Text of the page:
Don’t Throw Away Money
Have you ever wadded up a ten dollar bill and thrown it in the trash or taken a handful of quarters and tossed them down the garbage disposal? Of course not, or at least not intentionally. How about some yogurt that was just past it’s sell by date or an apple that was slightly moldy when you finally got down to the end of that 3 pound bag of fruit? If you answered yes to this last question, you may as well have answered yes to the first. According to the Christian Science Monitor, the average family in the United States throws out $2,275 worth of food a year. Think of all the money we’d save on groceries if we could prevent even some portion of that food from being transported to the landfill. And we can! Here are some tips for keeping your food fresh and tasty for longer!
- Fresh herbs like parsley and cilantro are nutritious additions to salads, soups, and, well, just about everything else. To keep them looking perky as the day you bought them, trim off the bottoms and store, sit them in a glass of water with a produce bag over the top, then store in the fridge for 2-3 weeks! Note: Fresh basil doesn’t like the cold, so store that herb in a cool dark place in the package it came in.
- Fruit. If you don’t have immediate plans for lemons or limes stick them in the freezer as is. No need to bag them or put them in a plastic container. When a recipe calls for fresh juice from one of these fruits simply microwave for about 30 seconds on each side and juice away! Other fruits, like peaches, berries, apples, or pears can be sliced and placed on a cookie sheet in the freezer. That way they will freeze separately and be readily accessible for smoothies or as a healthy topping for ice cream or yogurt.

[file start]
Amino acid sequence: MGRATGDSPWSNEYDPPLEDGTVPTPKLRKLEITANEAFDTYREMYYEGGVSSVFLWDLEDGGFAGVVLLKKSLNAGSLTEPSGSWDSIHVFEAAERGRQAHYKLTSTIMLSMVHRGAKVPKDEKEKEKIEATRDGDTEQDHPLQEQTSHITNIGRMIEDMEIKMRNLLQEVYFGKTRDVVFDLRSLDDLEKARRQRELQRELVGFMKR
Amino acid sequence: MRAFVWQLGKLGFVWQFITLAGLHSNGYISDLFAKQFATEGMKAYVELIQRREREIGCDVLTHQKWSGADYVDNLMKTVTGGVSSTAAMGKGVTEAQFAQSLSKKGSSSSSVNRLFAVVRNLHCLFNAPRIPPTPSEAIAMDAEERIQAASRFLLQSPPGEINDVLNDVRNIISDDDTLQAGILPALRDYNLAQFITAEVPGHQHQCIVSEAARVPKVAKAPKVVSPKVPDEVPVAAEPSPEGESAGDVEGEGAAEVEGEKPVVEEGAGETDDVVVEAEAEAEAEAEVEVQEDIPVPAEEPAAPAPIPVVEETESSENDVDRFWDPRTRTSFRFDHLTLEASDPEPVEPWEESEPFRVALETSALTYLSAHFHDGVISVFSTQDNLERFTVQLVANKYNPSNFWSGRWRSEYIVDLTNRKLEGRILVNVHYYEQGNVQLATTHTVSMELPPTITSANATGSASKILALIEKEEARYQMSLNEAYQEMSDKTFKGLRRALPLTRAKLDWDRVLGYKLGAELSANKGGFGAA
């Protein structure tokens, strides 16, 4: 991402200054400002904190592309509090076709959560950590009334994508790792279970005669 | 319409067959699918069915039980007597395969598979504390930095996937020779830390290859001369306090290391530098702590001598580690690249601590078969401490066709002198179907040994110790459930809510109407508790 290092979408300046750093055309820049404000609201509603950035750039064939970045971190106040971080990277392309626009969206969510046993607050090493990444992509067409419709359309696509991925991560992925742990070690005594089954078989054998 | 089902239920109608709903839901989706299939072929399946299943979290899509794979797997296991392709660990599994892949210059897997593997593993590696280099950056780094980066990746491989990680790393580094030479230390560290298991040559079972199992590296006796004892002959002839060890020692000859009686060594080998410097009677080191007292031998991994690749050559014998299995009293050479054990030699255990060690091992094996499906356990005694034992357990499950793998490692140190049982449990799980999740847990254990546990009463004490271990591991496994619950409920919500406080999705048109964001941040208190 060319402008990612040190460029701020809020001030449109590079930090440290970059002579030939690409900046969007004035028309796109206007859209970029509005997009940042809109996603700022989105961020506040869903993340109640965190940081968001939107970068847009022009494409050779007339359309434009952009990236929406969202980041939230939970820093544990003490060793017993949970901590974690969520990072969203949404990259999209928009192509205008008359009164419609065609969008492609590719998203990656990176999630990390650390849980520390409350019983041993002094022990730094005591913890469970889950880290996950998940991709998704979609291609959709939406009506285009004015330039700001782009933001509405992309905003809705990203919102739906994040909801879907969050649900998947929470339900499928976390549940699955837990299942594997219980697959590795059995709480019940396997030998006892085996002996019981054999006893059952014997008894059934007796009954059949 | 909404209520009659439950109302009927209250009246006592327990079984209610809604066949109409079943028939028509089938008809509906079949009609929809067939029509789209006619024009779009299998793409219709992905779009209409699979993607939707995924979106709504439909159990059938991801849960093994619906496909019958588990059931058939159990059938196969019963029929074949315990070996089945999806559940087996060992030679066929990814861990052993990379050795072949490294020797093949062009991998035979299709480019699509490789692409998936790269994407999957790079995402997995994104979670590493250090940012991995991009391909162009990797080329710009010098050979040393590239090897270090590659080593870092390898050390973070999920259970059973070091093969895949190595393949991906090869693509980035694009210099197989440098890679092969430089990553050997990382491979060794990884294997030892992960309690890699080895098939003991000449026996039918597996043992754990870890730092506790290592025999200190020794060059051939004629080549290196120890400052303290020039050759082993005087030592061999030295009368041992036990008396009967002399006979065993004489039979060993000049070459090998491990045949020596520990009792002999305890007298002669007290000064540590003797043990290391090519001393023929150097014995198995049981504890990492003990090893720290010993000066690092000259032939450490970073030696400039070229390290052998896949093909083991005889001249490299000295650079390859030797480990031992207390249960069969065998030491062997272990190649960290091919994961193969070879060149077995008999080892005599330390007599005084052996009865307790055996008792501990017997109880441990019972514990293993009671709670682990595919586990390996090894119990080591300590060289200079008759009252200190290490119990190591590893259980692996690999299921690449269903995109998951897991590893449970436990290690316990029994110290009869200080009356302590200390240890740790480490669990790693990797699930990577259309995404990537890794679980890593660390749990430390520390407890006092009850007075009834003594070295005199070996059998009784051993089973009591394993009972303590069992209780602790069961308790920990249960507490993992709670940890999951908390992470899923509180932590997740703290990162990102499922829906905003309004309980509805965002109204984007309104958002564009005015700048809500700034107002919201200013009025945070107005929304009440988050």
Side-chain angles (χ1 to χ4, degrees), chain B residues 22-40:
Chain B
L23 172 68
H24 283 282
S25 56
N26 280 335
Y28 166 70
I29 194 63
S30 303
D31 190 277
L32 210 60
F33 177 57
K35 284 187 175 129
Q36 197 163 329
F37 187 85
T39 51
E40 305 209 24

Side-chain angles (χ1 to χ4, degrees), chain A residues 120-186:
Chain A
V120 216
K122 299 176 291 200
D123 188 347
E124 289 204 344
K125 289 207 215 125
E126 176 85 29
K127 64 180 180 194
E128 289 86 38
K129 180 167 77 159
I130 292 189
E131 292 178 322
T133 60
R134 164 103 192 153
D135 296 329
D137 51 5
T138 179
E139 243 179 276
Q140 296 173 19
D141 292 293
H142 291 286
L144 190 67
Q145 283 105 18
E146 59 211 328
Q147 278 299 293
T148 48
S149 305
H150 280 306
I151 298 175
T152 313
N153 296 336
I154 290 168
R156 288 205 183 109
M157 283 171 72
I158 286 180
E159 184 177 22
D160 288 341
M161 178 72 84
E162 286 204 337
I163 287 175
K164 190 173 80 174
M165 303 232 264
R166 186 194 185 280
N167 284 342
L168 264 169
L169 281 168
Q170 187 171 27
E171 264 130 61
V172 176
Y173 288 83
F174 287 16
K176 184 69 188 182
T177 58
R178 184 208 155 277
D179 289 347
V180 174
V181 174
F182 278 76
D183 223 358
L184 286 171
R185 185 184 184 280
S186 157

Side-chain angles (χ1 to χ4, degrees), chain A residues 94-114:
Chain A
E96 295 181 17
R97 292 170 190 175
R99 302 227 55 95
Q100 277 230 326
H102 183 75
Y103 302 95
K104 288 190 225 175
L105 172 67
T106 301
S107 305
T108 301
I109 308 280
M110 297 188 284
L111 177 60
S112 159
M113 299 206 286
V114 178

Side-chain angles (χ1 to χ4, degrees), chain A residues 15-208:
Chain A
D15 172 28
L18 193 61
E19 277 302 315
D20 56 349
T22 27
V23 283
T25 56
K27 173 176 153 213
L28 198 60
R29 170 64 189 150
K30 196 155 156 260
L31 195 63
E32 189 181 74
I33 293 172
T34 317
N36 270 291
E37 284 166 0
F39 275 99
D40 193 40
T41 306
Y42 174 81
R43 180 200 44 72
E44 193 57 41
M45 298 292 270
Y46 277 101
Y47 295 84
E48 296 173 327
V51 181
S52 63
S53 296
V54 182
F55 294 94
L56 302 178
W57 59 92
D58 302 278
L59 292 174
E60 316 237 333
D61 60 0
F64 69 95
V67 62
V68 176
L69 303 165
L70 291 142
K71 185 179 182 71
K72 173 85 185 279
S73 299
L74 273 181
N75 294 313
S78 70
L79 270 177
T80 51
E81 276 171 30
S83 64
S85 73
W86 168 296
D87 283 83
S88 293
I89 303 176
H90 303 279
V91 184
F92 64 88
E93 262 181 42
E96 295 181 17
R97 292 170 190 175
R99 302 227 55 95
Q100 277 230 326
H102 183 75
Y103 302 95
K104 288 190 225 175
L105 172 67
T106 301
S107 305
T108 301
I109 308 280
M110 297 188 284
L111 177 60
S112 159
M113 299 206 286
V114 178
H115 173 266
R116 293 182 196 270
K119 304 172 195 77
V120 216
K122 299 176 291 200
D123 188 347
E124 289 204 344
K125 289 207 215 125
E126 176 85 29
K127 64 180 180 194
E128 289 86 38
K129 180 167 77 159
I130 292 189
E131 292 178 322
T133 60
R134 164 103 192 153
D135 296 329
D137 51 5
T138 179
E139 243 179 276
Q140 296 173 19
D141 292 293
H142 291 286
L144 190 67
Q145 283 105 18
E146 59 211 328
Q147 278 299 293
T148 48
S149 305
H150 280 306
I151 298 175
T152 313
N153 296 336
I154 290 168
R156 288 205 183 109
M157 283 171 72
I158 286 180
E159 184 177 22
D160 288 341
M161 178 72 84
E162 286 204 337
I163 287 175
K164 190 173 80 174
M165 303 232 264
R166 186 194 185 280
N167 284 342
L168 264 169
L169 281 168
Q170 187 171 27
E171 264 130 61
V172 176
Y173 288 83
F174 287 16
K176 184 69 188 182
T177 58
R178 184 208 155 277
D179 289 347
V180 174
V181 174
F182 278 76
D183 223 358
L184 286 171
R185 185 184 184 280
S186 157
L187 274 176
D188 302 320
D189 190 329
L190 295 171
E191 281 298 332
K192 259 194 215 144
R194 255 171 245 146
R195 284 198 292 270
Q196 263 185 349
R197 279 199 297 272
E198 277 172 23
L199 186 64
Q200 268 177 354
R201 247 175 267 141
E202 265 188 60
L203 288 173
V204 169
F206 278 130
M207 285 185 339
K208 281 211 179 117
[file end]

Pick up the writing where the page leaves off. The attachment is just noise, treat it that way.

- Speaking of yogurt…don’t throw away your unopened yogurt just because it’s past the sell by date. Yogurt and some other foods, if refrigerated, are good up to 1 week past the date on the package. Yogurt is already fermented so it may simply become more tangy as time goes on but as long as it’s not moldy, discolored, or has an unpleasant odor, it’s safe to consume.
– Jenna Umbriac, Director of Nutrition Programs